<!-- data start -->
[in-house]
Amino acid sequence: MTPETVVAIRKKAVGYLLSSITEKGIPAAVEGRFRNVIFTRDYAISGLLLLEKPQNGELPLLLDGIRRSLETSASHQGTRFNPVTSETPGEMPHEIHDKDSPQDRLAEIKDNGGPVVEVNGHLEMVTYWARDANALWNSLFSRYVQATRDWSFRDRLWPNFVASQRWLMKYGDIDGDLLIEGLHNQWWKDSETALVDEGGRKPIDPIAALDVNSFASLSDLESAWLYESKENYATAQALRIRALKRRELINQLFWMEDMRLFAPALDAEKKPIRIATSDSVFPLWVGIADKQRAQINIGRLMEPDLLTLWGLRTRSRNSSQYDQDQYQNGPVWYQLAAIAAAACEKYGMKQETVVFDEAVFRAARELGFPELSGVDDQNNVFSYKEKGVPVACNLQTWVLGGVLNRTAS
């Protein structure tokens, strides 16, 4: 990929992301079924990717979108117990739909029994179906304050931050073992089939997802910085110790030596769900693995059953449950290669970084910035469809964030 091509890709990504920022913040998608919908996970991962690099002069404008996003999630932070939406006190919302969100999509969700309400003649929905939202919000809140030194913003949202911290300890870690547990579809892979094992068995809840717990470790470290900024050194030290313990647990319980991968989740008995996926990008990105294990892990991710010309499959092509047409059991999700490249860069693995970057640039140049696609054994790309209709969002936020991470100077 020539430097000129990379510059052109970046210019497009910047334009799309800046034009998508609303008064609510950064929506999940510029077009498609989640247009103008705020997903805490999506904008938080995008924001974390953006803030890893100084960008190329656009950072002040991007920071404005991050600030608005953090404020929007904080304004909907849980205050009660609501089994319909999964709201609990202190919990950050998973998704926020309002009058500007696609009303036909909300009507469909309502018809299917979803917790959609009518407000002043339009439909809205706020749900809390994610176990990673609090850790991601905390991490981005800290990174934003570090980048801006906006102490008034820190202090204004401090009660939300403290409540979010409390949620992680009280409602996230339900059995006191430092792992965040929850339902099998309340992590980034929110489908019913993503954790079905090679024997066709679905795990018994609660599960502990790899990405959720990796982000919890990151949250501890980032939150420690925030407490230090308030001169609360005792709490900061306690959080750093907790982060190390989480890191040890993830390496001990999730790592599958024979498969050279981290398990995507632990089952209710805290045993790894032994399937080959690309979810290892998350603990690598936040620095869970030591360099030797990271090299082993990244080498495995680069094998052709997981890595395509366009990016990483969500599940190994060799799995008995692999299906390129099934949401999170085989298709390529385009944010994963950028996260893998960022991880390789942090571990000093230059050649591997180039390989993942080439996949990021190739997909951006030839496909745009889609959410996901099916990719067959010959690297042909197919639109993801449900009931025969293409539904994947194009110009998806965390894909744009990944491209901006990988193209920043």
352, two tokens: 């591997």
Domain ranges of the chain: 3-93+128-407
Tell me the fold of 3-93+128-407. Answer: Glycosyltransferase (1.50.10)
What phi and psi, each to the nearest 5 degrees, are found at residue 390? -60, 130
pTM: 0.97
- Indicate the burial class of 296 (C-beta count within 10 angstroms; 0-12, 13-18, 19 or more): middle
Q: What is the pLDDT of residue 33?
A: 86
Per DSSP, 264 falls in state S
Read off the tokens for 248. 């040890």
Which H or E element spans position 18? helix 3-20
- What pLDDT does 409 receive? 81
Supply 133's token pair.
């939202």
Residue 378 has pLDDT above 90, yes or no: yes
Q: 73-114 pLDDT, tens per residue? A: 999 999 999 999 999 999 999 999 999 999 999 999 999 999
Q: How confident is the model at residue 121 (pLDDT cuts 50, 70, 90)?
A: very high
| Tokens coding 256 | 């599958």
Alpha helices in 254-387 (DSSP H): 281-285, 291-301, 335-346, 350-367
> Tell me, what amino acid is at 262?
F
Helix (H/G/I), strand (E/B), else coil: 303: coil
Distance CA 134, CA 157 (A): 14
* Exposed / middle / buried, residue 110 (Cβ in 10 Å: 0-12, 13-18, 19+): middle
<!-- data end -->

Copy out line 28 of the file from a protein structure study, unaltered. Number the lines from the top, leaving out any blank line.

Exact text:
* Exposed / middle / buried, residue 110 (Cβ in 10 Å: 0-12, 13-18, 19+): middle